Nadal's left-handed game is particularly troubling. His crosscourt forehand goes up and away from a right-hander's backhand. Dealing with repeated high balls to the backhand is not easy for a one-hander like Federer. Repeatedly during their matches, the Swiss stubbornly has attempted to drive the ball with top spin. When a ball is struck from that high a position it's quite difficult to generate sustained depth, pace or angle. Moreover, top spin's high bounce creates a shot perfectly in Nadal's wheelhouse. Courier believes that against Nadal, a short slice to the backhand and then a deep drive can help open up the court.

"You have to play attacking tennis to beat Rafa," said Courier.

An additional strength of Nadal's being a left-hander is that his spin serve naturally goes to the backhand. Predictably, he aims just about all his deliveries there, ostensibly daring his opponents to attempt a big shot. But occasionally, as he did versus Federer, Nadal snaps one off to the forehand, letting the element of surprise pay exceptional dividends. On faster courts, opponents who drive through the ball and penetrate with depth and force -- James Blake, Mikhail Youzhny, Novak Djokovic and yes, that guy Roger -- can make it hard for Nadal. But on the slow stuff, his exceptional footspeed makes him supreme at immediately building a point on his terms.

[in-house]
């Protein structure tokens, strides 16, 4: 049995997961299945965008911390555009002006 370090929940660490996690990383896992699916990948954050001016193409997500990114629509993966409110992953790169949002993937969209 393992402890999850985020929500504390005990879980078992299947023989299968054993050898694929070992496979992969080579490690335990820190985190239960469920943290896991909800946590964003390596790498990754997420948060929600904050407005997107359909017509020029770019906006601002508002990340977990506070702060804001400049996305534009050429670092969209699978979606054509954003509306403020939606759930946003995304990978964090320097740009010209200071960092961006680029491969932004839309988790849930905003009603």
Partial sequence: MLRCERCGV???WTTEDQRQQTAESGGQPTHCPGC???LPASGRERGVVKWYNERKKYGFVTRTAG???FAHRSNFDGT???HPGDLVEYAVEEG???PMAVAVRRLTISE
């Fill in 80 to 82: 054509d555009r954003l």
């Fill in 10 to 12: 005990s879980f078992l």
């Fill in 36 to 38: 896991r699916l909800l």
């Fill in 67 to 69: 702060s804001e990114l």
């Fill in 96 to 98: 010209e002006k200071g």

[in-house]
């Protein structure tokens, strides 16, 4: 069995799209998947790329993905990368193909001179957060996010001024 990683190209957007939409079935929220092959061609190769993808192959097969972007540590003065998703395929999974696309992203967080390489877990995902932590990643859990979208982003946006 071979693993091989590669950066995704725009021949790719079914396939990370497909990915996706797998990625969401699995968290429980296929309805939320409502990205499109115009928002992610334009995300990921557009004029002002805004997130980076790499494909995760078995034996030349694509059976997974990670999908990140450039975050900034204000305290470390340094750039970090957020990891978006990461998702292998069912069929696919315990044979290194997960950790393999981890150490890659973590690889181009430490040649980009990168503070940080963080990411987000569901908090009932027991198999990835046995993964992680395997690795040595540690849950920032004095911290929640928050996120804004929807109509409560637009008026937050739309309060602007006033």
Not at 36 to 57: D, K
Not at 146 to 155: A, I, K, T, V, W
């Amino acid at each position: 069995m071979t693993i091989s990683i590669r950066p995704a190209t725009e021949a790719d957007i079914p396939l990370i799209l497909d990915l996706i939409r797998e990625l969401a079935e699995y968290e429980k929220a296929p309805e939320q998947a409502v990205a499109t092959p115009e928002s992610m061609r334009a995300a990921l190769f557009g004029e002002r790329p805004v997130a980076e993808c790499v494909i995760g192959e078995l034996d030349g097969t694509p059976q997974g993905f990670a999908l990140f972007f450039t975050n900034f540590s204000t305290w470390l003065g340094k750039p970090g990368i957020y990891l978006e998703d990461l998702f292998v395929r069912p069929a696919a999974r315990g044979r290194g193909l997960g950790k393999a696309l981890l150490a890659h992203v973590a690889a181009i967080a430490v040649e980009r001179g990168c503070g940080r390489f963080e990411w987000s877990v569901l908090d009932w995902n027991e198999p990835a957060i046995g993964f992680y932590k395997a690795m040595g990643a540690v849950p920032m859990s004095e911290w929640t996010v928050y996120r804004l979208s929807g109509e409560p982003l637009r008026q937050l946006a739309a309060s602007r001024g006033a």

"In a way, on clay it's a lot more simple for Nadal than Federer," said Australian legend Fred Stolle. "Federer's got a lot of things to figure out, but Nadal, he knows exactly what he's got to do."